Hezekiah was different.  He sought to eradicate it!  Just note his attitude here. 

The Jews had come to venerate the bronze serpent.  You may remember that after Israel escaped slavery, they repeatedly sinned in their unbelief and experienced God’s discipline, accordingly.  One such episode is detailed in Numbers 21.  The Lord sent venomous serpents among the camp—their fiery venom sickening and slaying the sinners.  Moses interceded for them and God told him to fashion a serpent of bronze, place it on a pole and raise it up.  The promise was that just a look at the serpent would heal them.  That was a good thing that directed them to faith in God.

But, the good thing became an evil thing when its purpose was changed—from something meant to direct them to God, to being worshipped as a god. 

Hezekiah had a different attitude.  He called it Nehushtan—the bronze thing.  He destroyed the relic.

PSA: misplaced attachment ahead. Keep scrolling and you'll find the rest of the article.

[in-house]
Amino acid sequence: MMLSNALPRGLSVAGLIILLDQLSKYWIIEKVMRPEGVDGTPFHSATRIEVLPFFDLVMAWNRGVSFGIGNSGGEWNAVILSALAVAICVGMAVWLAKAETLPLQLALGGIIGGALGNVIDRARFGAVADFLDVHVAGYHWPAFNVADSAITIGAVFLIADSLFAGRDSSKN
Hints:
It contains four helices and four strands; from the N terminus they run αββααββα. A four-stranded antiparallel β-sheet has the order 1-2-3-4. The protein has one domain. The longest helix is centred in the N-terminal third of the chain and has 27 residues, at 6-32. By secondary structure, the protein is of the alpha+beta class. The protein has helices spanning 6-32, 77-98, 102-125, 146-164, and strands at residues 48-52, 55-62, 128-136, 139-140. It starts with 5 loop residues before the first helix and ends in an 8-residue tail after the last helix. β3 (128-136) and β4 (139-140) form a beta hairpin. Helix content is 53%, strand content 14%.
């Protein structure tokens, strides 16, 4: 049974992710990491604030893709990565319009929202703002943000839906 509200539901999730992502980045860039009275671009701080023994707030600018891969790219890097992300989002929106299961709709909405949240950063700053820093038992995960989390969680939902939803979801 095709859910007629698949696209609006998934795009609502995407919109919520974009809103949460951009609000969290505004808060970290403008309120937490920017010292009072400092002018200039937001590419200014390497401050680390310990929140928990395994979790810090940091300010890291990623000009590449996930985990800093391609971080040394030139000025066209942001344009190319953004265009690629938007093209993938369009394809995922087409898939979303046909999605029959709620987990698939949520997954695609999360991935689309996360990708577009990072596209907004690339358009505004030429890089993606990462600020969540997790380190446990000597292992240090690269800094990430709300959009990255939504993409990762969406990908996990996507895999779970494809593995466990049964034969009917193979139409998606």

Are we tolerant of evil?  Have we come to cherish that which God condemns?  It is a subtle danger to substitute good things for the one thing—a relationship with God.  We can become so enamored with even church stuff that we neglect to exalt the Lord of the church! 

Right attitudes are important.  Paul’s demand not to be conformed to the world is connected to a renewed mind that is transformed by the Word.  Look at the linkage in Romans 12:2, “Do not be conformed to this age, but be transformed by the renewing of your mind.”  Our attitude determines our actions, so the writer of Proverbs exhorts, Guard your heart above all else, for it is the source of life.” (4:23).  If the spring of our attitude is clean, the stream of our actions will be clear.


Hezekiah trusted in the Lord God of Israel; not one of the kings of Judah was like him, either before him or after him.  He remained faithful to Yahweh and did not turn from following Him but kept the commands the Lord had commanded Moses.” (v.5-6) 

The world seeks significance and security in position, possessions and pleasures.  Our sinful age believes that if I attain the right status, I will be significant; if I attain enough stuff, I will be secure; if I attain enough stimulation, I will be satisfied.

That is the path to disappointment for there is nothing this world offers that is enduring.  It’s a dead-end street. 

Consider a different way of significance and security.